Ok, this is one of those neverending Italian food battles: to onion or not to onion the carbonara sauce? Is tiramisu from Veneto or from Friuli region? What is better, Pizza romana or Pizza Napolitana?
The pizza romana is much thinner and crispy than the napolitan one, that’s why it is often called scrocchiarella (from the sound “crock”). We cooked the scrocchiarella a little longer than the napolitana to completely dry out the dough tough the result differs from the Chicago thin-crust. The pizza romana presents indeed the typical crumb of a long proofing dough.
The flour I used is an organic unbleached all purpose white flour. I recently found a very good Great River flour at Cotsco but in the past I used a much easier to find King Arthur white flour with success (maybe it requires a little bit of more water).
The poolish is not mandatory, if you do not have a sourdough ready in your fridge you can substitute with 40g of water, 40g of flour and 1g of dry yeast (or 4g of fresh). The result will be basically the same but you could not say to your friends that you did a sourdough pizza!!
The gluten is also not mandatory, but it will increase the strength of your dough.
If you look at the ingredients you’re probably thinking: “what? an Italian guy suggesting to use corn oil?” I actually realized that using vegetable oil other than olive oil, gives you a crunchier crust, it is not part of the original recipe, but it works.
I always suggest to manually mix the ingredients. If you’re lazy like me though, you can use the electric mixer by setting to minimum speed and avoiding over-beating the dough.
Ingredients for the dough:
The quantity I indicate below is for a half sheet pan or 2 round pizzas. The rule of thumb is: 0.5g of raw dough for a square centimeter of pizza.
- 280g white flour
- 80g Semolina flour
- 210g filtered warm tap water
- [option, see above] 80g refreshed poolish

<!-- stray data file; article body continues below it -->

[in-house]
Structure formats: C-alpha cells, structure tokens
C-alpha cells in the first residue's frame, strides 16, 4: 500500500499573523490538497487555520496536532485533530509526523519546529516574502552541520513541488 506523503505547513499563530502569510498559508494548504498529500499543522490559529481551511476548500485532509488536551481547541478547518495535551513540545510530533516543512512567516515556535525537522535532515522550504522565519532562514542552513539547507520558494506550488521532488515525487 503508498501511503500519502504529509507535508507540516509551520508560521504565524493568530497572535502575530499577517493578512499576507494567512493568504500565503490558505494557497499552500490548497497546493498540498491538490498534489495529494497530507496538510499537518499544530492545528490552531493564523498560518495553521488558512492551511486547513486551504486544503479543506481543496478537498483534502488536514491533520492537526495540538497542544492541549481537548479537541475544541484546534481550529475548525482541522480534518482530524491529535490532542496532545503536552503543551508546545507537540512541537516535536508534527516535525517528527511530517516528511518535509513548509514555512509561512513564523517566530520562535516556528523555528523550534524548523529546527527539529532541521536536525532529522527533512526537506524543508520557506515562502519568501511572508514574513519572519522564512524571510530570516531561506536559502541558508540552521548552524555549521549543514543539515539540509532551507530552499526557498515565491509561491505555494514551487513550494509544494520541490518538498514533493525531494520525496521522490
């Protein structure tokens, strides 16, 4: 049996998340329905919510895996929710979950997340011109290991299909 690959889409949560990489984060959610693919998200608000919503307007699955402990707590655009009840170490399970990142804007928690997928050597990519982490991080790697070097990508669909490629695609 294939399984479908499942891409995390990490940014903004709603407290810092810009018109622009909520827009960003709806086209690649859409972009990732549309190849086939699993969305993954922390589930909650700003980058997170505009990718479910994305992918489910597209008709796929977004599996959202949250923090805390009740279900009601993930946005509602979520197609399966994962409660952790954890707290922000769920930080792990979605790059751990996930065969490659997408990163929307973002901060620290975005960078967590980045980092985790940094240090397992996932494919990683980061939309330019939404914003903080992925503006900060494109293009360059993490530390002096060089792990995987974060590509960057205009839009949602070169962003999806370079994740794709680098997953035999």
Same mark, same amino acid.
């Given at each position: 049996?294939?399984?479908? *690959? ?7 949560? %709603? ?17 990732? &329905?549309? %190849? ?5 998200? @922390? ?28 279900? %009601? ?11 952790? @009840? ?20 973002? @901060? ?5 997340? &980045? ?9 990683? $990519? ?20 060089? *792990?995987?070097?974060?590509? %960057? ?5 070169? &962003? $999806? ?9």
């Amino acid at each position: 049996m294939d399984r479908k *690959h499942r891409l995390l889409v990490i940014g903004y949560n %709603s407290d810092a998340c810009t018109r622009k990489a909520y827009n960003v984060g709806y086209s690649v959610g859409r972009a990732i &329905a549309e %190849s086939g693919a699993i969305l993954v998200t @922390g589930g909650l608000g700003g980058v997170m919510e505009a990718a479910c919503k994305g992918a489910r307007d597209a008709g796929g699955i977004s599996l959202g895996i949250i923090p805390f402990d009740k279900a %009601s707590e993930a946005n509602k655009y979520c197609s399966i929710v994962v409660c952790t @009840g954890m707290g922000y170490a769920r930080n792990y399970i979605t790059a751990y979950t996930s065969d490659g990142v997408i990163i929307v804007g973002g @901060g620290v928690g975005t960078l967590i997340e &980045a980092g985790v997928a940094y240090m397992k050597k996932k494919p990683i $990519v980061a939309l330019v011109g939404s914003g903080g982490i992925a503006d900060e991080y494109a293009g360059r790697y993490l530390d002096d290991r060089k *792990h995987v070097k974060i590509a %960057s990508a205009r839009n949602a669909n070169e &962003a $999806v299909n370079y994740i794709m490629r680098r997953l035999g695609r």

- 7g salt
- 2g dry yeast or 7g fresh yeast
- [Option] 2g gluten
- 15g corn oil
[Optional] Refresh the poolish by combining one third of ripe sourdough, one third of flour and one third of water. Let it rest in a warm place for at least one hour.
Combine the yeast with 20g of water, stir and let it rest for about 15 minutes. Set other 20g of water aside.
Mix the flour with the semolina and the gluten. Add the yeast and the poolish to the mix. Continue to mix and add the water little by little, waiting the dough to absorb before adding more. Once the flour absorbs all the water, make a ball. It should be soft, moist but not too sticky.
Dissolve the salt on the 20g of water, make a dent in the ball and pour the water in. Cover with a plastic film and set aside.
After 20 minutes the water should be almost completely absorbed. Manually mix the ball of dough to absorb the remaining water and add the oil ensuring to properly distribute on all the dough. Stretch and fold the dough about 7-10 times. Set aside for other 20 minutes, then repeat the stretch and folding action. Brush some oil in the inside of a bowl, place in the dough and put in the fridge for at least 24 hours.
Pull the pizza out from the fridge, turn the oven at maximum temperature with the pizza stone (or whatever fancy material you use) in. Let preheat the oven at least one hour, meantime prepare your ingredients.
Flour the bench with semolina flour, stretch the dough with your hands ensuring not to stick it to the bench by adding some semolina flour in between. Place the pizza directly on a pan and in the oven without the ingredients.
Cook for 5-6 minutes until light brown. You should have the crust bubbling everywhere.
Remove from the oven, add the ingredients you want to cook (tomato sauce, mozzarella…) and bake for 5 more minutes.
Add the fresh ingredients and enjoy while it is still warm!